When I think about what it means to be a mentor for a young person, I cannot help but think about the times that I experienced good mentors when I was growing up in the church. One of the best mentors I ever had was the pastor who confirmed me. Pastor John was perhaps the most patient man on the face of this planet. The year I was confirmed in my small congregation, there was only one other youth in the confirmation class. And so, Pastor John (who must have been about sixty years old) found himself trying to teach two thirteen year old girls about grace through a Wesleyan lens and our United Methodist roots. Needless to say, he saw a lot of our distractions play out. One particular day I remember, when the other student and I (who were also very good friends) had come to his office following a bad day at school. The very popular crowd in our class (which, if you know anything about seventh grade means that they ruled our everyday lives) had decided to ostracize both of us. It is all we wanted to talk about. It is all we cared about. Pastor John had a day of talking about “the book” as he called it. He wanted to talk about the Biblical story as it related to our present day…or something like that. I really don’t remember anymore what he really had planned for that day. John showed me that day that some adults really do care what was happening in the hallways at middle school. He showed me that plans could change if they needed to, so that our voices could be heard and valued.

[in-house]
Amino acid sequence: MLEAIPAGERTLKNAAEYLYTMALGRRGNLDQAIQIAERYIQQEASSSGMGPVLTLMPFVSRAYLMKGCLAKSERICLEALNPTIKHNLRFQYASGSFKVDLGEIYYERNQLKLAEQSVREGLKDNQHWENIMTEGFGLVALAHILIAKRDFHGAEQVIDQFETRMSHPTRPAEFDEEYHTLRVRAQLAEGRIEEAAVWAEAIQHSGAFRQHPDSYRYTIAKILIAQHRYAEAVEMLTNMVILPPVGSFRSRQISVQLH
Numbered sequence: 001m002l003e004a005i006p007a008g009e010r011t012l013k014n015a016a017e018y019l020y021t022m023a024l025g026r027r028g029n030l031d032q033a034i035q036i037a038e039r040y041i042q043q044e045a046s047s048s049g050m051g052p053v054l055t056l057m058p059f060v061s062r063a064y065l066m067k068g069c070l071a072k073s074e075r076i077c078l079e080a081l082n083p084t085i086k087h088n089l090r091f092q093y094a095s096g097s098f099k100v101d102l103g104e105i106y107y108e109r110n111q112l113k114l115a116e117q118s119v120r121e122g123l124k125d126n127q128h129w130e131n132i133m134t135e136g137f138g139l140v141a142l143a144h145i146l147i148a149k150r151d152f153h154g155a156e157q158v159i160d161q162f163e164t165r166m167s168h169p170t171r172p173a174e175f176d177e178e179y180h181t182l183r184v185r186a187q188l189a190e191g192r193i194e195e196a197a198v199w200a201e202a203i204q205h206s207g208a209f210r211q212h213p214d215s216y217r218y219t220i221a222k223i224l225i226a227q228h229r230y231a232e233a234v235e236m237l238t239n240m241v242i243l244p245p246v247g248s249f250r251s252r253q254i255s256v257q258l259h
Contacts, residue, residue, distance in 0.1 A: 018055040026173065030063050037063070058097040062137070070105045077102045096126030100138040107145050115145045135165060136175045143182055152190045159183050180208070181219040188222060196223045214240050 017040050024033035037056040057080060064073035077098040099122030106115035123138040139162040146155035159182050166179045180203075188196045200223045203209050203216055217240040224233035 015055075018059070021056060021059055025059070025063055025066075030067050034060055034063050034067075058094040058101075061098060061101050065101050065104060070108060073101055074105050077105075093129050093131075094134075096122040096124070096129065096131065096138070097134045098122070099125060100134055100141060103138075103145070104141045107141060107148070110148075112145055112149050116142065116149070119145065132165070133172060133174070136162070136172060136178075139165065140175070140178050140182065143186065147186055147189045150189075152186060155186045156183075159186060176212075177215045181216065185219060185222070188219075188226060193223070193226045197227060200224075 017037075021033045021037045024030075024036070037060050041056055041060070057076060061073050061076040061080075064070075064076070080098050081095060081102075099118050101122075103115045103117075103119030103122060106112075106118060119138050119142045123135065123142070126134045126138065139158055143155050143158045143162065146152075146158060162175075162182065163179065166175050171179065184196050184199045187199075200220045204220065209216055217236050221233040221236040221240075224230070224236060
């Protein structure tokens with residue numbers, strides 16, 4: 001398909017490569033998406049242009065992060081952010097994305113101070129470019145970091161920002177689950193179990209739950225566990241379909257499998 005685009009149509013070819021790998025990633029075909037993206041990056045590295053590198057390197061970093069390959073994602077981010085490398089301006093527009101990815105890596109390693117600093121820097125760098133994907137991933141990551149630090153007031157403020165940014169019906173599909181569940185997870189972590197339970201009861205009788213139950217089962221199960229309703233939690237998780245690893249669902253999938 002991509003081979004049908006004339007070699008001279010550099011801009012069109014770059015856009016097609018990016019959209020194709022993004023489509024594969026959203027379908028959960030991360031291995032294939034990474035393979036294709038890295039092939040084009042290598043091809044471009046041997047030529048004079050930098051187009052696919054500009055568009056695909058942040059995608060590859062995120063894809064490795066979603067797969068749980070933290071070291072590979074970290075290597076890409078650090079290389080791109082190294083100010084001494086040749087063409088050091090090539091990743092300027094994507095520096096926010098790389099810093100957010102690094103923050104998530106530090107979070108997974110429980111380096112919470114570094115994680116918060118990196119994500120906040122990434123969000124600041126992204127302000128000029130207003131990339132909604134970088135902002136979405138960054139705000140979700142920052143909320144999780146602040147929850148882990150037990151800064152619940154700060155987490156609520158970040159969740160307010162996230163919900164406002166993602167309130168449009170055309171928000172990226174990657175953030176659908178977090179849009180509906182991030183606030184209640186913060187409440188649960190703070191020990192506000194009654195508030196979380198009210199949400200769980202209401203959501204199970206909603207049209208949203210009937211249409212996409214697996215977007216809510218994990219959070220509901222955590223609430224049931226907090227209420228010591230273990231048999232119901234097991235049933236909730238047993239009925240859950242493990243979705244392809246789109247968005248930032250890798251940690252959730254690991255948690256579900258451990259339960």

Sometimes being a mentor means that you simply just listen. It means that you are present with the young person. It means that you help them understand their worth and value in the eyes of God. It was a few years later that I visited Pastor John when he was very sick and facing the end of his life here on Earth. We talked about that day in confirmation class. I thanked him for being such a wonderful mentor. And he offered me his entire library, which now sits on many bookshelves around me. Each time I open one of his books to read for school or to help on a sermon writing adventure, I am reminded that sometimes being a “pastor” means I need to put the book down and listen. May you find ways to listen as a mentor and may God bless our important work of being with young people!
by Emily Carroll
youTheology Mentor Coordinator
Loving God, Loving Neighbor